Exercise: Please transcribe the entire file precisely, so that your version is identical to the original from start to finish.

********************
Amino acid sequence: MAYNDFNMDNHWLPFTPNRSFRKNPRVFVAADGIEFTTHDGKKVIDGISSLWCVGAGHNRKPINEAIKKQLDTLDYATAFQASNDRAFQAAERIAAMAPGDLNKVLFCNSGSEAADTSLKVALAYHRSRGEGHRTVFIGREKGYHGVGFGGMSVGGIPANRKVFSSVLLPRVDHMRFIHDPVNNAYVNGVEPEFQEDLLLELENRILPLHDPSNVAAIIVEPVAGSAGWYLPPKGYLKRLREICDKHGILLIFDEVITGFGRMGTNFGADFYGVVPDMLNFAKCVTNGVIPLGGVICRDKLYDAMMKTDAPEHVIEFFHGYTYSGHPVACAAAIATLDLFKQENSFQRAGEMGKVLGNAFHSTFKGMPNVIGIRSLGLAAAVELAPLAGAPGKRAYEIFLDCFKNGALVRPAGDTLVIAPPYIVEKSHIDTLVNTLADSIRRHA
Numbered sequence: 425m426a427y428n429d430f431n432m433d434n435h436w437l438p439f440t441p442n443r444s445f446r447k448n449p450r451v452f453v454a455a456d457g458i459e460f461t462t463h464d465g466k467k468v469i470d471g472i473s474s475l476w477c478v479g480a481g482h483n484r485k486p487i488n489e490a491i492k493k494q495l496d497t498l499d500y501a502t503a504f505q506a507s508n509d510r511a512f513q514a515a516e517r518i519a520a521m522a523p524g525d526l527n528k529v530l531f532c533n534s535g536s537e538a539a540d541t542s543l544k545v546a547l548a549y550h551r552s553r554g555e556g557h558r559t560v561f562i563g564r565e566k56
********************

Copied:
Amino acid sequence: MAYNDFNMDNHWLPFTPNRSFRKNPRVFVAADGIEFTTHDGKKVIDGISSLWCVGAGHNRKPINEAIKKQLDTLDYATAFQASNDRAFQAAERIAAMAPGDLNKVLFCNSGSEAADTSLKVALAYHRSRGEGHRTVFIGREKGYHGVGFGGMSVGGIPANRKVFSSVLLPRVDHMRFIHDPVNNAYVNGVEPEFQEDLLLELENRILPLHDPSNVAAIIVEPVAGSAGWYLPPKGYLKRLREICDKHGILLIFDEVITGFGRMGTNFGADFYGVVPDMLNFAKCVTNGVIPLGGVICRDKLYDAMMKTDAPEHVIEFFHGYTYSGHPVACAAAIATLDLFKQENSFQRAGEMGKVLGNAFHSTFKGMPNVIGIRSLGLAAAVELAPLAGAPGKRAYEIFLDCFKNGALVRPAGDTLVIAPPYIVEKSHIDTLVNTLADSIRRHA
Numbered sequence: 425m426a427y428n429d430f431n432m433d434n435h436w437l438p439f440t441p442n443r444s445f446r447k448n449p450r451v452f453v454a455a456d457g458i459e460f461t462t463h464d465g466k467k468v469i470d471g472i473s474s475l476w477c478v479g480a481g482h483n484r485k486p487i488n489e490a491i492k493k494q495l496d497t498l499d500y501a502t503a504f505q506a507s508n509d510r511a512f513q514a515a516e517r518i519a520a521m522a523p524g525d526l527n528k529v530l531f532c533n534s535g536s537e538a539a540d541t542s543l544k545v546a547l548a549y550h551r552s553r554g555e556g557h558r559t560v561f562i563g564r565e566k56